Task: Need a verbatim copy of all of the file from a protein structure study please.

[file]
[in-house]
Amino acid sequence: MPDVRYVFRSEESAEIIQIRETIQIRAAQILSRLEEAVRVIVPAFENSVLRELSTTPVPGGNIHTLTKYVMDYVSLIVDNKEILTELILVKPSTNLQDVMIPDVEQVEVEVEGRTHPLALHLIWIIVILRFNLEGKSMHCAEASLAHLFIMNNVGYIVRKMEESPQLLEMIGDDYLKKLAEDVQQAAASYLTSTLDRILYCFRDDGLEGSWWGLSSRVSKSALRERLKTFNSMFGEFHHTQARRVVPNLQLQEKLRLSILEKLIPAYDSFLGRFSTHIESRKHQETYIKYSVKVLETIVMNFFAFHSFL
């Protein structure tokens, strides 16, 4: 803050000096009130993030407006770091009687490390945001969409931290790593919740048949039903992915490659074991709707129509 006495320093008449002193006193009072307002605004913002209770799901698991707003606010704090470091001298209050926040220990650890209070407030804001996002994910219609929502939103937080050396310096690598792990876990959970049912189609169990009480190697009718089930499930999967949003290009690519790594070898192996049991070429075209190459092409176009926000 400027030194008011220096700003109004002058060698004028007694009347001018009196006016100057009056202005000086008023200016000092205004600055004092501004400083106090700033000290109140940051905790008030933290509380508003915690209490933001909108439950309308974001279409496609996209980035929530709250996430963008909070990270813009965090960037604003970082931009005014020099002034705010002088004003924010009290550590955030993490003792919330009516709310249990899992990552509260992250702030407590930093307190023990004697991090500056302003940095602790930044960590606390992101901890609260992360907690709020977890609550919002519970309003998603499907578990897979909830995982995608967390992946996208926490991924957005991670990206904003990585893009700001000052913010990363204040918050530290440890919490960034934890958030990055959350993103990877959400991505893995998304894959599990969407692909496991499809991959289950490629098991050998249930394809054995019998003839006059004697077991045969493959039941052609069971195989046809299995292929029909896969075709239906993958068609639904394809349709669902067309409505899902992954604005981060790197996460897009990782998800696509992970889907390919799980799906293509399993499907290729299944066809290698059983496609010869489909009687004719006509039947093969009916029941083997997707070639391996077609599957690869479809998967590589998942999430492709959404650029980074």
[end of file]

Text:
[in-house]
Amino acid sequence: MPDVRYVFRSEESAEIIQIRETIQIRAAQILSRLEEAVRVIVPAFENSVLRELSTTPVPGGNIHTLTKYVMDYVSLIVDNKEILTELILVKPSTNLQDVMIPDVEQVEVEVEGRTHPLALHLIWIIVILRFNLEGKSMHCAEASLAHLFIMNNVGYIVRKMEESPQLLEMIGDDYLKKLAEDVQQAAASYLTSTLDRILYCFRDDGLEGSWWGLSSRVSKSALRERLKTFNSMFGEFHHTQARRVVPNLQLQEKLRLSILEKLIPAYDSFLGRFSTHIESRKHQETYIKYSVKVLETIVMNFFAFHSFL
């Protein structure tokens, strides 16, 4: 803050000096009130993030407006770091009687490390945001969409931290790593919740048949039903992915490659074991709707129509 006495320093008449002193006193009072307002605004913002209770799901698991707003606010704090470091001298209050926040220990650890209070407030804001996002994910219609929502939103937080050396310096690598792990876990959970049912189609169990009480190697009718089930499930999967949003290009690519790594070898192996049991070429075209190459092409176009926000 400027030194008011220096700003109004002058060698004028007694009347001018009196006016100057009056202005000086008023200016000092205004600055004092501004400083106090700033000290109140940051905790008030933290509380508003915690209490933001909108439950309308974001279409496609996209980035929530709250996430963008909070990270813009965090960037604003970082931009005014020099002034705010002088004003924010009290550590955030993490003792919330009516709310249990899992990552509260992250702030407590930093307190023990004697991090500056302003940095602790930044960590606390992101901890609260992360907690709020977890609550919002519970309003998603499907578990897979909830995982995608967390992946996208926490991924957005991670990206904003990585893009700001000052913010990363204040918050530290440890919490960034934890958030990055959350993103990877959400991505893995998304894959599990969407692909496991499809991959289950490629098991050998249930394809054995019998003839006059004697077991045969493959039941052609069971195989046809299995292929029909896969075709239906993958068609639904394809349709669902067309409505899902992954604005981060790197996460897009990782998800696509992970889907390919799980799906293509399993499907290729299944066809290698059983496609010869489909009687004719006509039947093969009916029941083997997707070639391996077609599957690869479809998967590589998942999430492709959404650029980074």